Special educational needs is a huge and bewildering arena. Anthea Davey unravels a few of the complexities
1 KNOW YOUR PUPILS
Make sure you know of any special educational matters for each child who you teach, and check that your records are up-to-date.
Keep to the facts - don't make assumptions and label children without evidence; this can lead to low expectations and pigeon-holing.
2 FOLLOW THE CODE
The current SEN code of practice (since January 2002) gives advice on how to identify children with special needs and provide for them within the education system. Read it at www.teachernet.gov.uk. Most children who have special needs are in mainstream schools, so the code affects every teacher.
3 LISTEN AND LEARN
Talk to colleagues about any children you teach with particular special educational needs - they could have some useful strategies for dealing with individuals. If another teacher in school has learned the hard way, maybe they can help you avoid some classic mistakes.
4 GET PROFESSIONAL ADVICE
Children with special needs, particularly emotional difficulties and challenging behaviour, can make you feel incompetent. Get expert help from professional organisations.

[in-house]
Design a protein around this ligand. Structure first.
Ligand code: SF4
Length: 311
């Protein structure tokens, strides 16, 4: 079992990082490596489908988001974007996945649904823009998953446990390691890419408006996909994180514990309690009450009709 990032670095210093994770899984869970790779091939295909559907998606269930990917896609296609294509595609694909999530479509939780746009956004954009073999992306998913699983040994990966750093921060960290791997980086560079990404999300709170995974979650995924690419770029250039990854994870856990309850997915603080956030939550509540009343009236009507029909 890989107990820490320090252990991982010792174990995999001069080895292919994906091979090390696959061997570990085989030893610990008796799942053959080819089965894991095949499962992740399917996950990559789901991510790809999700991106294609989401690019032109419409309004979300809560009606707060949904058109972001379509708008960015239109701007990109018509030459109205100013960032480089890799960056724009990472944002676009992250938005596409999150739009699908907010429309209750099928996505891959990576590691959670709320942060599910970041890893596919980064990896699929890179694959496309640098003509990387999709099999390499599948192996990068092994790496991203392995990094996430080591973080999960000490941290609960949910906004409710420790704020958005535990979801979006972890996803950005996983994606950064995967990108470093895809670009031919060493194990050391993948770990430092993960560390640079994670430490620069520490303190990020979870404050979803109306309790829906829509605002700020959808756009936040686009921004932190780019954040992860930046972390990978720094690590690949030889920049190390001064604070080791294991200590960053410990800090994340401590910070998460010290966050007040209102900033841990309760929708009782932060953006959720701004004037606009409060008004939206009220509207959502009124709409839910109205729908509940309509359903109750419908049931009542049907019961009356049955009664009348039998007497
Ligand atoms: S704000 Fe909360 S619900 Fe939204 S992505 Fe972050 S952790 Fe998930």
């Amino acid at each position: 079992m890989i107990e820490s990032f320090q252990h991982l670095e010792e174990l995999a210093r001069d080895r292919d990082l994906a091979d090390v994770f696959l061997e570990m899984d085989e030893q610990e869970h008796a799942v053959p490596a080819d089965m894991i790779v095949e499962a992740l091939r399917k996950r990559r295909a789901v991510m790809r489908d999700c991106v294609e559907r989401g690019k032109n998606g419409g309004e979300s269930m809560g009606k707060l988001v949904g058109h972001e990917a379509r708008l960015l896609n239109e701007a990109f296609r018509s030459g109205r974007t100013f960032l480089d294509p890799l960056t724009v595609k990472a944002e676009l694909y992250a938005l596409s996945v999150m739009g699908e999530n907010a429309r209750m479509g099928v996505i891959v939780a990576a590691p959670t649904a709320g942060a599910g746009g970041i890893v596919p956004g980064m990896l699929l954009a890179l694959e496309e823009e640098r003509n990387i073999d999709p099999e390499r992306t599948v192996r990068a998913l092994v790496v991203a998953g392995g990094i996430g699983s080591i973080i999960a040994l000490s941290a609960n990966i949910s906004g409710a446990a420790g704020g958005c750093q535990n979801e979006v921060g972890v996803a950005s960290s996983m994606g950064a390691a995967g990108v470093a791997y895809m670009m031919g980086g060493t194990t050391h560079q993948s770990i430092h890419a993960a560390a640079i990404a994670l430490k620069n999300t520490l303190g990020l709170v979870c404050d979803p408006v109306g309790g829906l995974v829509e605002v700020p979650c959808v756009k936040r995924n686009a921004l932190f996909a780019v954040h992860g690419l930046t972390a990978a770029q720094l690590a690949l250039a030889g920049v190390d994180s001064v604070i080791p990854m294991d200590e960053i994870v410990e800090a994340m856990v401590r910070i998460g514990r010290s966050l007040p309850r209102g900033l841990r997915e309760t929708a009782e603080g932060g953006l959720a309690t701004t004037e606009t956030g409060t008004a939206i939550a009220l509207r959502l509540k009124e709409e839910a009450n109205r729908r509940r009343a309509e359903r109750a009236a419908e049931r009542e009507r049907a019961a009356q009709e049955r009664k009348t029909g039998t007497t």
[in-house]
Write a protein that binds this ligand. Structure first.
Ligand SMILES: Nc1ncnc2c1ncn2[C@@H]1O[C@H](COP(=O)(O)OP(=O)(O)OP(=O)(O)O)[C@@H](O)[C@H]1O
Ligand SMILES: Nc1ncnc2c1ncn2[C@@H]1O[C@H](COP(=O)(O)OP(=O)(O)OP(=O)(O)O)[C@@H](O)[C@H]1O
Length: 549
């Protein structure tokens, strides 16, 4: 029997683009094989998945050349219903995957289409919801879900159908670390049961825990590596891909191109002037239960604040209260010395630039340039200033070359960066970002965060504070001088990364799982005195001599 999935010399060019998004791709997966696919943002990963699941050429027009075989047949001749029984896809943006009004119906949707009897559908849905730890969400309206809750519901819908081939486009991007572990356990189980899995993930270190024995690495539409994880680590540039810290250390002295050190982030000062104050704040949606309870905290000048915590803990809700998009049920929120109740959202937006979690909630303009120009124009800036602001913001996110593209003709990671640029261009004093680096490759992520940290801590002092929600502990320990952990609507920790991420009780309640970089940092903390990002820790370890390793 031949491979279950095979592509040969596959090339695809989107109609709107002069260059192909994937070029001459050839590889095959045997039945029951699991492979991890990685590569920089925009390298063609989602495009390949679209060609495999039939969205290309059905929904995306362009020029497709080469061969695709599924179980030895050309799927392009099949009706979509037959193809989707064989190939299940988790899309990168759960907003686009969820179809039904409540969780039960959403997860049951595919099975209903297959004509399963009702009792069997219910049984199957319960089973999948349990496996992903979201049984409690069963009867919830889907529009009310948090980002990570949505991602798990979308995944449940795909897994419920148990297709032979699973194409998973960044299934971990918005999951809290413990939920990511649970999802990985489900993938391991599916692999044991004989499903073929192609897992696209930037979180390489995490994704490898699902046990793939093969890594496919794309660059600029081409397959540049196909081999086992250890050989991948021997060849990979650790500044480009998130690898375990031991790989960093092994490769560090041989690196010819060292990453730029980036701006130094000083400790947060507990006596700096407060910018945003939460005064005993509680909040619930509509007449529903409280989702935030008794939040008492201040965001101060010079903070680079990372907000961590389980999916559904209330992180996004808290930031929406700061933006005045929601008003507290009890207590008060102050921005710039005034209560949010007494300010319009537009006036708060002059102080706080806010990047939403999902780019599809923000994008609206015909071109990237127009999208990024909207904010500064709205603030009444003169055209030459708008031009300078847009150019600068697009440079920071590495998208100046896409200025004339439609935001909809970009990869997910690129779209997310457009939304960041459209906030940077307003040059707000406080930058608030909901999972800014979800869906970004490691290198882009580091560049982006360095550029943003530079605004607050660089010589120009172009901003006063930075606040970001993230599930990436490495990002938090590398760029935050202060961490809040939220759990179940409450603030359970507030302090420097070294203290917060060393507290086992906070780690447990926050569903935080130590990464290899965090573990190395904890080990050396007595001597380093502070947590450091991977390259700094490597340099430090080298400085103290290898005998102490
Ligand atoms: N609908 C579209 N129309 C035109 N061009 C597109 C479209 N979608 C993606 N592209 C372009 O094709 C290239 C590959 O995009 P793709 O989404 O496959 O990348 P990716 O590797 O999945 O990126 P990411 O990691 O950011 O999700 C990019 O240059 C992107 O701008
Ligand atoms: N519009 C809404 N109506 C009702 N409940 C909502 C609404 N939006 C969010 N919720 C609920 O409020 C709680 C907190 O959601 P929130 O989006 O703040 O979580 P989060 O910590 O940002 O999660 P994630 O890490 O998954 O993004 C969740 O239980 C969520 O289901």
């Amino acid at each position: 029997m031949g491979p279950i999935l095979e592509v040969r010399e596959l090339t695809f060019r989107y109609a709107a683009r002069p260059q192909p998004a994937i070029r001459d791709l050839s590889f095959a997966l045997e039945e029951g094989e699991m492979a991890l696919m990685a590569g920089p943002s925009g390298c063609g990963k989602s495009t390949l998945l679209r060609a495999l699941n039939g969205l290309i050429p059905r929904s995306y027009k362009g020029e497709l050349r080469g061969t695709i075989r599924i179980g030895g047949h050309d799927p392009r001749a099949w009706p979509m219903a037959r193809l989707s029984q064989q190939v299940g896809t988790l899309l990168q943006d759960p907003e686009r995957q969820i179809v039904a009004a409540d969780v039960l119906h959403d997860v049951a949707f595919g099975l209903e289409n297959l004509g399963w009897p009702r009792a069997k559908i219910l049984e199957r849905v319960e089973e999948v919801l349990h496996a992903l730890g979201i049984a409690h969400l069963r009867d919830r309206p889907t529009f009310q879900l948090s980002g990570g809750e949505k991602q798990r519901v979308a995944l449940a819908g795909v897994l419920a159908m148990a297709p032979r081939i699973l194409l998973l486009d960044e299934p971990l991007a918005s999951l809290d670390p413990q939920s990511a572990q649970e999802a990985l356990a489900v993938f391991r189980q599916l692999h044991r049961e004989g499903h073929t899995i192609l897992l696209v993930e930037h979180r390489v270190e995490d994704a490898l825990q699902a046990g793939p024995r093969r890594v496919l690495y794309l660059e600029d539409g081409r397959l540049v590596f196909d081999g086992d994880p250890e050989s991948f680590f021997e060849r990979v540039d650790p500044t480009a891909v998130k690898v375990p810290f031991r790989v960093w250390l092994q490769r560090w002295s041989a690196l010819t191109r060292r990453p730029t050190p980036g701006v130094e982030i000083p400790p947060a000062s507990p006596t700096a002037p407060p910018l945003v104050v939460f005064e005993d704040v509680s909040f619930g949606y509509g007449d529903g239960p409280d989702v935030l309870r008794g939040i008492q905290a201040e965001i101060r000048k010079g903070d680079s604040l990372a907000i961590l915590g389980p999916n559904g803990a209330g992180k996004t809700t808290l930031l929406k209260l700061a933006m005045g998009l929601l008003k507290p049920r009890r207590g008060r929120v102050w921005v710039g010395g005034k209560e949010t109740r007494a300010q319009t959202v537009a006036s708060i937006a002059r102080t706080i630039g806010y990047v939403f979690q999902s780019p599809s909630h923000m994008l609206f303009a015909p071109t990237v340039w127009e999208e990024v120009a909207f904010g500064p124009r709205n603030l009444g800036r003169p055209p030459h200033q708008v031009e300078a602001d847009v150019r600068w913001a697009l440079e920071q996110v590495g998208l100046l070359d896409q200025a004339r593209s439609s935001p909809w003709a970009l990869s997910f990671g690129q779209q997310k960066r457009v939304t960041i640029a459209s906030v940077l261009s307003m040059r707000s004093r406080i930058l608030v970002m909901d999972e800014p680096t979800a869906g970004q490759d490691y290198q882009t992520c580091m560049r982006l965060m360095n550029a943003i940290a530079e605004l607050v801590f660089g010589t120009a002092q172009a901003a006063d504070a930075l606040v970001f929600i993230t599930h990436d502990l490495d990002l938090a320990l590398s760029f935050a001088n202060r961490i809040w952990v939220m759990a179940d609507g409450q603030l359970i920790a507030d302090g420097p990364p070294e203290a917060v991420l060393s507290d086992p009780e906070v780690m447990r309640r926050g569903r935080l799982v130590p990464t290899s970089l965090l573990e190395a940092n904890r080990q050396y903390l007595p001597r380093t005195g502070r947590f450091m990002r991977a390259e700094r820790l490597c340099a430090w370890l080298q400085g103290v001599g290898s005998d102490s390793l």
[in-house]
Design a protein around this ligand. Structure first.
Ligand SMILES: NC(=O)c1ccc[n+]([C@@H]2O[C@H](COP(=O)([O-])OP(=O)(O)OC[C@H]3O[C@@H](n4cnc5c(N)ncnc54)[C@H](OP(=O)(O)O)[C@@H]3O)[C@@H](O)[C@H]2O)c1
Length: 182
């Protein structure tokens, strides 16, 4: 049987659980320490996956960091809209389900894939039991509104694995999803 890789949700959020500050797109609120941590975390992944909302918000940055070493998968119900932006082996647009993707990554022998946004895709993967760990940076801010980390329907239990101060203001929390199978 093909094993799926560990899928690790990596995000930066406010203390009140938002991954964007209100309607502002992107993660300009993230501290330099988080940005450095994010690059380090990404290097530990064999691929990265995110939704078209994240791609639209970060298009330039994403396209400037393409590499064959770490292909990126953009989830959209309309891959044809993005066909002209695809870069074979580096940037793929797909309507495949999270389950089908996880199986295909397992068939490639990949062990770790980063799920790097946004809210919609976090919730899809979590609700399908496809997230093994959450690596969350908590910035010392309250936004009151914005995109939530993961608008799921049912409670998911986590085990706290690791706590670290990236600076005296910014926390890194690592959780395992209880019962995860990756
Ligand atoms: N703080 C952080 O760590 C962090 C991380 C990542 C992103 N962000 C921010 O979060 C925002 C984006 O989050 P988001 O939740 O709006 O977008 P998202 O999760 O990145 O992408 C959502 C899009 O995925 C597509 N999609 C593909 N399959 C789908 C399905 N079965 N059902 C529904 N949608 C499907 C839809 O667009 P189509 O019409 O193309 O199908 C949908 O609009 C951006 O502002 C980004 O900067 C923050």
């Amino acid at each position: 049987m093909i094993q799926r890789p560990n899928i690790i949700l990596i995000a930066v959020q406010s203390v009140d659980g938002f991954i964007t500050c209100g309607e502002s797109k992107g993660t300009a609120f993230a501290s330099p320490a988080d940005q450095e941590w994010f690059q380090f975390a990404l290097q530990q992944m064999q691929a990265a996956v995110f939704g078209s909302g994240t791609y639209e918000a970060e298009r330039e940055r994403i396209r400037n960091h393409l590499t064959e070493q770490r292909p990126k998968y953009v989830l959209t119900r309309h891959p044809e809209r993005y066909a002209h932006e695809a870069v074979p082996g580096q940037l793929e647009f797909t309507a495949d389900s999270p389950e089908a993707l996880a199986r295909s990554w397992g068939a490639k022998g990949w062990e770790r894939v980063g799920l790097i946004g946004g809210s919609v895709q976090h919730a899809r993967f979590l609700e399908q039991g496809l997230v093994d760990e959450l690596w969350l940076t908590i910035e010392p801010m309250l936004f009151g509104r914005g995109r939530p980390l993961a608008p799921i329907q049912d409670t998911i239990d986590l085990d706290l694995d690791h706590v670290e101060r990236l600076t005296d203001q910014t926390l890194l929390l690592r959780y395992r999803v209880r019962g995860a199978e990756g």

5 ASK FOR TRAINING
Your school might have specific SEN training every now and again, but ask about courses run by external providers. The school will pay course fees if you can justify it as part of your professional development and they can't train you in school.
6 30 LESSONS IN ONE
Differentiate: This doesn't mean a different lesson for every child - just make sure that you simplify for the pupils who find the work particularly difficult and give extension activities to the whizz-kids.
7 KEEP A CLOSE EYE ON TARGETS
Each child on the SEN register has an individual education plan (IEP), which should list three or four targets for that child and strategies for achieving them, plus a review date. Pay attention to it.
8 TALK TO YOUR SENCO
You need to know who your Senco (special educational needs co-ordinator) is. He or she is responsible for organising the special needs provision, so get to know him or her. You can help each other, and he or she should be able to offer you advice and expertise.
9 DON'T MISS OUT ON EXTRA HELP
The school's SEN procedures should be explained to you during your induction. If you don't know them, find out now. Some of your class might qualify for extra support in the classroom or be taken out of class and given extra help in certain subjects.